Kofi Annan

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♦ With normal post-recession government employment expansion, US unemployment might be as low as 6.3 percent, but this recovery is different, argues Derek Thompson.
♦ Spain has become a destination for vitro fertilization and there is no shortage of egg donors. Der Spiegel talks to one woman who donated eggs to ease her financial difficulties.
♦ The Bhutto family has been notably absent from campaigning in Pakistan. The FT looks at whether this is the beginning of the end for the Pakistan People’s Party.  

Here’s what we’ve been chatting about today: 

Roula Khalaf

AFP/Getty Images

In the scramble for ways to address Syria’s spiralling violence UN envoy Kofi Annan and Syria’s Bashar al-Assad agreed on an approach earlier this week: work from the bottom up on local ceasefires in the most devastated areas of the country. The approach was discussed during Mr Annan’s trip to Damascus, but immediately raised questions in western capitals, according to diplomatic sources. 

Roula Khalaf

Kofi Annan. Photo: Reuters

Kofi Annan, the international envoy on Syria, is trying to salvage his six-point peace plan with an international conference in Geneva this Saturday to build consensus over the form of a political transition.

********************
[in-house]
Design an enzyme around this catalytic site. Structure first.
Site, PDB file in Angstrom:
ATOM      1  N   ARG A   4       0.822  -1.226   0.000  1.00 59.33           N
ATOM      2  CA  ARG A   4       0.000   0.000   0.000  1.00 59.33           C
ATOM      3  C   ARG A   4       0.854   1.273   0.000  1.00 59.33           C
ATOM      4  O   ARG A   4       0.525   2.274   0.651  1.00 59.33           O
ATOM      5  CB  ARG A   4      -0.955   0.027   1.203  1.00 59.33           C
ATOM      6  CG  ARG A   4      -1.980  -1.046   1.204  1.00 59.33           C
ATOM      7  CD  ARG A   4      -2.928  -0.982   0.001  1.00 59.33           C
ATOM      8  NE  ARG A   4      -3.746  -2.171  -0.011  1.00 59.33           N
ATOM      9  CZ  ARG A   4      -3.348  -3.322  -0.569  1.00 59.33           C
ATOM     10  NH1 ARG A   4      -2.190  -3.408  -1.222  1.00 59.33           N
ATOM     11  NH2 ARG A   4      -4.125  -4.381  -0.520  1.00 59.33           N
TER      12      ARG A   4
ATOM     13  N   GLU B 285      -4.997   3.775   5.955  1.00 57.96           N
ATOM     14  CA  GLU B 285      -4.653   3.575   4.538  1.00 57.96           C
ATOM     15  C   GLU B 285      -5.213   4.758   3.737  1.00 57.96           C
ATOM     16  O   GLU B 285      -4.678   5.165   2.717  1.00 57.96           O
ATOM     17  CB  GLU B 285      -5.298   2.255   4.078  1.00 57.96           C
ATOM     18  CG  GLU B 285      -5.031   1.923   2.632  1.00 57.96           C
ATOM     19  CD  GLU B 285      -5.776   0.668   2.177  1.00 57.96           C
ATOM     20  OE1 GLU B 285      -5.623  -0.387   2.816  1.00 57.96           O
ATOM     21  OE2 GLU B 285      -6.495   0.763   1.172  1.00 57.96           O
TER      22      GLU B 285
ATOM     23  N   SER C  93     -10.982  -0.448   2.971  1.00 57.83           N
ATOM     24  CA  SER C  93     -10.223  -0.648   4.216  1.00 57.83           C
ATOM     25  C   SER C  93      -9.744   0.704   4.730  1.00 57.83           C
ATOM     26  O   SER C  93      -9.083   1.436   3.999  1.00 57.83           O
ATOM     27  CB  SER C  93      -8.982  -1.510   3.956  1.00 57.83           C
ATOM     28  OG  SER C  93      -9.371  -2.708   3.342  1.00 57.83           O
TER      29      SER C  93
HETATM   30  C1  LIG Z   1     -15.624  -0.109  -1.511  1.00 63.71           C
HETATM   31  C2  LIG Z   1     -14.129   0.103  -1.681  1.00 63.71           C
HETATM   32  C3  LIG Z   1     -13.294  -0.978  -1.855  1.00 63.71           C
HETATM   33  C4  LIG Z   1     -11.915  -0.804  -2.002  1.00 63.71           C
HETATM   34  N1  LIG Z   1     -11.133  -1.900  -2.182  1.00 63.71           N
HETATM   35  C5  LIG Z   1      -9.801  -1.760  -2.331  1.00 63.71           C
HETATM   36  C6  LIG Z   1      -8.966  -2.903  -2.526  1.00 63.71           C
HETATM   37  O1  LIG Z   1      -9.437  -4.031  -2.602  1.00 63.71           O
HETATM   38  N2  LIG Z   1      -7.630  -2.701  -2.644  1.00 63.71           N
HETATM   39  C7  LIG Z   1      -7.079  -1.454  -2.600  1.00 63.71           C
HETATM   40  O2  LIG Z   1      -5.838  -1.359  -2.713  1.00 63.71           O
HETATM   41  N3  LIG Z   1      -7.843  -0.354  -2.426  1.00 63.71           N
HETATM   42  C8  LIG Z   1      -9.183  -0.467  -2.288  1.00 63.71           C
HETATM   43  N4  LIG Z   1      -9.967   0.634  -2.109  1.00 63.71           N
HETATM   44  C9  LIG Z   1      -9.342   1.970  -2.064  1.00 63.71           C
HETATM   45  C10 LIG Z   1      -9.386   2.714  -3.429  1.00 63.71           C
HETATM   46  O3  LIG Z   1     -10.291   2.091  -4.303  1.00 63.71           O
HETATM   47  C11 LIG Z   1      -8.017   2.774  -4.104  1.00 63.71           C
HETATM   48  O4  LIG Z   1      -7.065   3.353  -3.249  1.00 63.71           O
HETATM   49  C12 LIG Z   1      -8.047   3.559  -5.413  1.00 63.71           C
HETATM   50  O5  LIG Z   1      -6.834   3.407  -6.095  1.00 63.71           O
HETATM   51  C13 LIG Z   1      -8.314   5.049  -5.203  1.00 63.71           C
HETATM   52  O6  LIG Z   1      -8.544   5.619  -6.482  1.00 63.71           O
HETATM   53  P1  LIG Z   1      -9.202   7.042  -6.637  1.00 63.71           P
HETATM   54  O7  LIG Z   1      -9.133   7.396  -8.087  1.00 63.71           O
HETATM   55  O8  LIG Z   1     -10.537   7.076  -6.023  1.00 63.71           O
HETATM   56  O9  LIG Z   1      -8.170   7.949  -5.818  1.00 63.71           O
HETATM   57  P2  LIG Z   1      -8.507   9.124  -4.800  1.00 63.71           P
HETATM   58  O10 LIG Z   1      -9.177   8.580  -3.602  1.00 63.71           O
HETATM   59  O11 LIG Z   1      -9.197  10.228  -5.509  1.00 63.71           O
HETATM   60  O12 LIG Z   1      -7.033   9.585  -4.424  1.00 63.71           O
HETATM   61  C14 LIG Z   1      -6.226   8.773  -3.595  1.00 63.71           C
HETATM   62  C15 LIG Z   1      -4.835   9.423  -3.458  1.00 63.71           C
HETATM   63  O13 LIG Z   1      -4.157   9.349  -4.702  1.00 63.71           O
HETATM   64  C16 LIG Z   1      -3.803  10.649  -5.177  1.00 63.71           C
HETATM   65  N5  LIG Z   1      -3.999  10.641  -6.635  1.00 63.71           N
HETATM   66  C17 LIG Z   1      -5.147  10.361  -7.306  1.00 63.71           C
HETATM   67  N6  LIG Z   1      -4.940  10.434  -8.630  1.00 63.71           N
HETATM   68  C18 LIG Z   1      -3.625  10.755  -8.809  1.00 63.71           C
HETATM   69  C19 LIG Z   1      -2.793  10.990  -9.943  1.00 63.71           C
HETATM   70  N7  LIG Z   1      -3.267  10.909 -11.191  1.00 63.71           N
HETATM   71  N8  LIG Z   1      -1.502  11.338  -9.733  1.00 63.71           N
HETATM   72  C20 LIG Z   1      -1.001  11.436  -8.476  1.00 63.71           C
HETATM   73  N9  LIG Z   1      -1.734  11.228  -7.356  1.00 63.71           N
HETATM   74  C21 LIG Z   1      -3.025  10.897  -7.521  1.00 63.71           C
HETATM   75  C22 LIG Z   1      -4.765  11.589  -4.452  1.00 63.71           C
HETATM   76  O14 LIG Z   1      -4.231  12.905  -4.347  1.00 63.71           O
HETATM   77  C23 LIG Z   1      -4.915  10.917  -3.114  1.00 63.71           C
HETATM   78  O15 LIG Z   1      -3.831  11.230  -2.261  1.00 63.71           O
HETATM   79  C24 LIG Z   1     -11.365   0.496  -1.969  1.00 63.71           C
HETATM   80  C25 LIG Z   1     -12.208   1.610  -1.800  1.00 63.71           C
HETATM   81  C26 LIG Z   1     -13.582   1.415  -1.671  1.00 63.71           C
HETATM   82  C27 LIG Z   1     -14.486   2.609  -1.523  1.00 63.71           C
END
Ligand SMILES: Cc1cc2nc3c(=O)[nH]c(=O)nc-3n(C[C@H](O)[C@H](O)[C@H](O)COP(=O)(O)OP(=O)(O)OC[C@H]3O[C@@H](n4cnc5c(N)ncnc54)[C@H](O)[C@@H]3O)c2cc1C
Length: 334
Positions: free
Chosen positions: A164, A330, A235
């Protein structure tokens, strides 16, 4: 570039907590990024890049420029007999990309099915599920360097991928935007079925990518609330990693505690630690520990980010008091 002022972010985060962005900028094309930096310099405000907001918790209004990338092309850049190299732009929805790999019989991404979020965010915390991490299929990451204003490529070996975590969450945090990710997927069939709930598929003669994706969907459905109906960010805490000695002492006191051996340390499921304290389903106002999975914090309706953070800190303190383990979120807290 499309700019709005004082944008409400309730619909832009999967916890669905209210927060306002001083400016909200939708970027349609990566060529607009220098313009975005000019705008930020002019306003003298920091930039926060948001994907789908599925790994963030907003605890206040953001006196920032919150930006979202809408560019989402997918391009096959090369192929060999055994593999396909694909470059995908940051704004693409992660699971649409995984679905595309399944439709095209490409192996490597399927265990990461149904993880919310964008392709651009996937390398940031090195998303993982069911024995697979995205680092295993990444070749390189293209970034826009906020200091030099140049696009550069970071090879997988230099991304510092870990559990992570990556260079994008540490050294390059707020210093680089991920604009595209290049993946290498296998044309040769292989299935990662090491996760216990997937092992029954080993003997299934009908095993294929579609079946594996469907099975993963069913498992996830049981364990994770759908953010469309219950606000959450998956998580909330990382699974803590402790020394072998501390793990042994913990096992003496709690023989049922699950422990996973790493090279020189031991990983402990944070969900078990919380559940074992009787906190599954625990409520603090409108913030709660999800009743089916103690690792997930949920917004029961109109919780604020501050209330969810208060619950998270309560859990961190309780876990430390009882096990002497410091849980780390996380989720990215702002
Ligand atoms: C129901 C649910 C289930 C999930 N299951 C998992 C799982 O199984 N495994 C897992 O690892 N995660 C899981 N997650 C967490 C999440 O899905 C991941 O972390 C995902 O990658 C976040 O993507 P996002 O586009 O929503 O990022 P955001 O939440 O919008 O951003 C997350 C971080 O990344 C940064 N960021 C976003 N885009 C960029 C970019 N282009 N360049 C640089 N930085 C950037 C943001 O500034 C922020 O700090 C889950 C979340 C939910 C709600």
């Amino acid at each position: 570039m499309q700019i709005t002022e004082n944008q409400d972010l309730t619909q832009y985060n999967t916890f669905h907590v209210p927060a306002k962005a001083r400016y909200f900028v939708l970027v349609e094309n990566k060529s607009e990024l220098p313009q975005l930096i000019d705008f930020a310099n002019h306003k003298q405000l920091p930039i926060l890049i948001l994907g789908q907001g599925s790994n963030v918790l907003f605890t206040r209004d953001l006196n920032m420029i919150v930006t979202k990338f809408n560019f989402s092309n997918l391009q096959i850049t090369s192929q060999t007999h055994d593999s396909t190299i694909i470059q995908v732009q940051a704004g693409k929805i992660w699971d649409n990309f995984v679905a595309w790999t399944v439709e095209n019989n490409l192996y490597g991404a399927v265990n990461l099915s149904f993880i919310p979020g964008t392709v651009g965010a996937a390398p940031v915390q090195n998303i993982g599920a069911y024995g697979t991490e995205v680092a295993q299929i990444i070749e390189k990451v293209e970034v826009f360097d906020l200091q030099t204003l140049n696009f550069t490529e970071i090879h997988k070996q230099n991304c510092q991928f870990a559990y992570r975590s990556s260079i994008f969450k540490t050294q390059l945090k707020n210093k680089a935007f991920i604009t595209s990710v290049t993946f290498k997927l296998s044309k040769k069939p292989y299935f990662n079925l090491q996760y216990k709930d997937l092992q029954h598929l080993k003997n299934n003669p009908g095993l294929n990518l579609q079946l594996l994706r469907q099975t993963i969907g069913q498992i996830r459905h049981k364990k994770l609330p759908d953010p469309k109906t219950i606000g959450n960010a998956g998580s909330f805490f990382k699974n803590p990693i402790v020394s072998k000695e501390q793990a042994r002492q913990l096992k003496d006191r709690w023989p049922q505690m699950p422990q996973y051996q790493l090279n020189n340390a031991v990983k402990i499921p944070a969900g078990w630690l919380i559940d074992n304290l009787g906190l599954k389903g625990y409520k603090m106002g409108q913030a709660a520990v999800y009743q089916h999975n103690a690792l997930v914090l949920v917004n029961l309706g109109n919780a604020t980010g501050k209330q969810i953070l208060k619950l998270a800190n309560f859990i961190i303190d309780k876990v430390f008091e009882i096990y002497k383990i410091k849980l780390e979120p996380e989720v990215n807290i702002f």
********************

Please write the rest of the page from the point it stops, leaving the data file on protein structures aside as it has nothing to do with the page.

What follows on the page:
The UN and Arab League backed plan was in tatters long before today’s statement from the UN that the violence in Syria has, at least, matched levels reached before ceasefire brokered in April. 

Esther Bintliff

A UN observer takes pictures of bodies of people killed in Houla. Reuters/Shaam News Network

A UN observer photographs the bodies of some of those killed in Houla. Reuters/Shaam News Network

As images of the victims of last week’s Houla massacre were broadcast around the world, and the stories of their deaths began to be told, the wave of outrage and horror in the international community gained force. The White House denounced an act of “unspeakable and inhuman brutality”; the UK foreign secretary spoke of an “appalling crime”; the UN security council condemned the “outrageous use of force against [a] civilian population”, and said it constituted a “violation of applicable international law”.

Yet for all this, the next step is troublingly unclear. The killing of 108 civilians, among them 49 children, was only the latest in a series of atrocities that have taken place under the regime of Bashar al-Assad in Syria in the past 14 months. More than 9,000 Syrians are thought to have died in this period, including members of the security forces or suspected regime sympathisers who were killed by the armed opposition. While UN envoy Kofi Annan says that a “tipping point” in the crisis has now been reached, the UN security council itself remains hindered by the positions of Russia and China, both of whom have dug in their heels against external intervention. So what are the arguments for and against action, and what form could it take?